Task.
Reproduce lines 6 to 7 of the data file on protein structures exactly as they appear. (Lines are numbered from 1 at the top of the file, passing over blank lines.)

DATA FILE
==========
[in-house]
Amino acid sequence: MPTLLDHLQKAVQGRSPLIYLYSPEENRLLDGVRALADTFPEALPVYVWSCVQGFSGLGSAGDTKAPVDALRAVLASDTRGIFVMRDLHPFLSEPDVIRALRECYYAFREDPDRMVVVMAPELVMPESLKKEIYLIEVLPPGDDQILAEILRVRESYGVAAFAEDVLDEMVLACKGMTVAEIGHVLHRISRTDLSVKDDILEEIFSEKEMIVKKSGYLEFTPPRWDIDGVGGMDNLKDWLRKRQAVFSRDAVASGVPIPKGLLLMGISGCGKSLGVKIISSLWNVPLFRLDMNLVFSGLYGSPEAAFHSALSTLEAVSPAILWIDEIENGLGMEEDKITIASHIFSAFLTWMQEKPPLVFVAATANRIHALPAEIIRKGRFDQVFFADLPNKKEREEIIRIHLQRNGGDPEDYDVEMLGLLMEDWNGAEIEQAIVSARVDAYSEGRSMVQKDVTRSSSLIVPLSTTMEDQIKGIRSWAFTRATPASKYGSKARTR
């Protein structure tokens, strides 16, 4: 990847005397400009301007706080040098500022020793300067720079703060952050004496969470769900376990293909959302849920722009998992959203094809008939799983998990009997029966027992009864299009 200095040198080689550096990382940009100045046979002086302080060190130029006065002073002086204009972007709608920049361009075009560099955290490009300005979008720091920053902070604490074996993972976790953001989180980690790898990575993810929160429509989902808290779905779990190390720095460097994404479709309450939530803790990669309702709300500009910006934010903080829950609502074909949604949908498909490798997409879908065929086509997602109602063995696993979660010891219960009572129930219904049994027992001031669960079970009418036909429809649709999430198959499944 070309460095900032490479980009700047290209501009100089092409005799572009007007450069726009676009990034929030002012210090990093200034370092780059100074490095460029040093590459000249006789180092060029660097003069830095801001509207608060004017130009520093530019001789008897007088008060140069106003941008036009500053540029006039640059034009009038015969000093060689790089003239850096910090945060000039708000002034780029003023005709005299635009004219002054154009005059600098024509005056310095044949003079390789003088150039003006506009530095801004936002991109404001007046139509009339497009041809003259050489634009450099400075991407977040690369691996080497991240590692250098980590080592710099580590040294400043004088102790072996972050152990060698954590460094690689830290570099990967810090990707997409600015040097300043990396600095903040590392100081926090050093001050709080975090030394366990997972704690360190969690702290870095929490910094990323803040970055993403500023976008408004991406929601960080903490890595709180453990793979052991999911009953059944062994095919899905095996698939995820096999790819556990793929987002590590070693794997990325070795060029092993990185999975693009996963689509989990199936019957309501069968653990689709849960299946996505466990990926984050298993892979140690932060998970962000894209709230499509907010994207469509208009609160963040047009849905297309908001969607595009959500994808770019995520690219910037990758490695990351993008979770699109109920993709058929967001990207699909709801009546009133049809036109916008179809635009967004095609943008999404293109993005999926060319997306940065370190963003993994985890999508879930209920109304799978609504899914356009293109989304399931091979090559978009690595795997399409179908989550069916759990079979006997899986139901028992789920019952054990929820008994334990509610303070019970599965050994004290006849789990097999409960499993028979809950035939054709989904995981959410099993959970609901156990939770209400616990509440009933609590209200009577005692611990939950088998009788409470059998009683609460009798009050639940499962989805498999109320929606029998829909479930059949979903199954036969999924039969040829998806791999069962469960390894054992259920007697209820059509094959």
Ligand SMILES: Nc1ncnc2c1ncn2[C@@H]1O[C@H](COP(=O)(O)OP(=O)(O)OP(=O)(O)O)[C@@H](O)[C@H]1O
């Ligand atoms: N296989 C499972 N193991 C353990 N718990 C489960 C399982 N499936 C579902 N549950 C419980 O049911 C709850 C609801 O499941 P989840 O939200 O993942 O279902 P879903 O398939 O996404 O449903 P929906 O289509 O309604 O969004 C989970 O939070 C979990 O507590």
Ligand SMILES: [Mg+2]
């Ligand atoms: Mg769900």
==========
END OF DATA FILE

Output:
Ligand SMILES: [Mg+2]
């Ligand atoms: Mg769900």